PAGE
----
Scarfman (TRS 80 Model 1)

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scotland
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Scarfman (TRS 80 Model 1)

Postby scotland » June 24th, 2018, 1:20 pm

Scarfman for the TRS 80 Model 1

Programmer: Philip Oliver of Cornsoft
Release Year: 1981
Size: 3k

scarfman05.JPG
scarfman05.JPG (99.75 KiB) Viewed 328 times


The TRS 80 is one of the three 1977 'Trinity' of computers along with the Commodore PET and the Apple II. Unlike those, the TRS-80 is based on the Z-80, the same chip as in the Sega Master System a decade later (although running at about half the speed). The name is from Tandy Radio Shack and the Z-80. The system was often a first computer, being in schools and sold in malls. In 1980, a Model III was released, and the original was backnamed Model 1. I don't own a TRS-80 now, so I decided to play around with an emulator, so take this review for what its worth on the emulator (TRS32 emulator)

Pac Man is released in North America in the Fall of 1980. Scarfman (named not for wearing a scarf like Dr Who, but for scarfing or eating food) came out only about a year later. This then predates the Atari 2600 version of Pac Man by a few months. Cornsoft, who would later make the official Frogger port, made this bootleg version of Pac Man. Coming in under 3k, its pretty impressive.

Here is a video of the gameplay. .

https://www.youtube.com/watch?v=jKfo-iZOycQ

The TRS 80 has a monochrome video output, and the system was usually sold with a black and white monitor. In later years, green and amber filters were common. SInce I played this on an emulator, it might be understating the amount of flicker the real system would have. The sound in the video might also not have been experienced by many playing the game in 1981 since the system had no real audio hardware (although games had a work around using the cassette player to create simple sounds, which is all this game has)

The video and audio are the first hurdles the game has to overcome. All the monsters are the same color, and always the same color - so whether the monster is vulnerable or not is done by eliminating their eyes (and they slow down and run away). In the picture above, you can see a mix of monsters with and without eyes.

There is also no audible clues to when Scarfman is the cat or the mouse. Put together, you have to be on your toes (does Scarfman have toes) on which monsters are hunters, and which are hunted. It may be a limitation in the gameplay as far as mimicking Pac Man, but the result is a different flavor of gameplay that is still fun.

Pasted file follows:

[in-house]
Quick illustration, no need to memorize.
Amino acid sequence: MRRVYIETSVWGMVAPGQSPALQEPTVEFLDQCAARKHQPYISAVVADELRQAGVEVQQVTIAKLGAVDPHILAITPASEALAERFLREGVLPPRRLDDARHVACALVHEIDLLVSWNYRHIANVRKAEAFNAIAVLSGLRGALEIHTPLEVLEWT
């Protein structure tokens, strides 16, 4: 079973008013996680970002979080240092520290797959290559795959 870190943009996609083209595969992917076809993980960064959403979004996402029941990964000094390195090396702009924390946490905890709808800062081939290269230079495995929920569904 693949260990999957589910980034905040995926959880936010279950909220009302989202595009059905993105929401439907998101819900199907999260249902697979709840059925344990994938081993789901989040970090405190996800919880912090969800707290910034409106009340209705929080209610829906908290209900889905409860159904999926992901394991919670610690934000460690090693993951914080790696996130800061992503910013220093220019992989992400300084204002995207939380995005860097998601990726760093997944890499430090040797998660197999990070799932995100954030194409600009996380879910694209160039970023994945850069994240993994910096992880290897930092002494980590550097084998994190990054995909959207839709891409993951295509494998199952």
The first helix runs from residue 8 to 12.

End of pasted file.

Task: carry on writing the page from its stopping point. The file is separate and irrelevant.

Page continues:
The next hurdle is just the graphical abilities of the system itself are very limited. The maze is shrunken, but its still recognizably a Pac Man maze. Scarfman is just a letter C or magnet looking thing. Everything is the same color.

The native controls are the cursor keys, although I was able to get a joystick working. Moving Scarfman can be a test of frustration, and missing turns is commonplace using either keys or joystick. However, with more practice, it might just be a matter of finding the timing.

There are five 'monsters', who start at the top (near that $). These identical quintuplets do seem to show some different behaviors - although since all the monsters look alike its hard to tell. There are also 5 Power Pellets (Plus Signs), with the fifth one being in the middle. I did not see any fruit or cut scenes, although there is a crude opening scene. The action is quick, and the game is actually pretty enjoyable. Each new board is harder than the last, with the time the monsters are prey reduced and their speed increased.

Here is a quote from the manual
Our experience with this game is that it is habit forming. It is not unusual to sit at this game for over 2 hours at a time. The Indianapolis (and world) record is 200920 points. A good game is 75000 points. You get a bonus man at 20000 points which makes the game last longer


While not a system seller, most kids who played on a TRS 80 model 1 probably played some Scarfman. Its usually included in lists of favorite games for the system. There is also a version of Scarfman for the Tandy Co-Co

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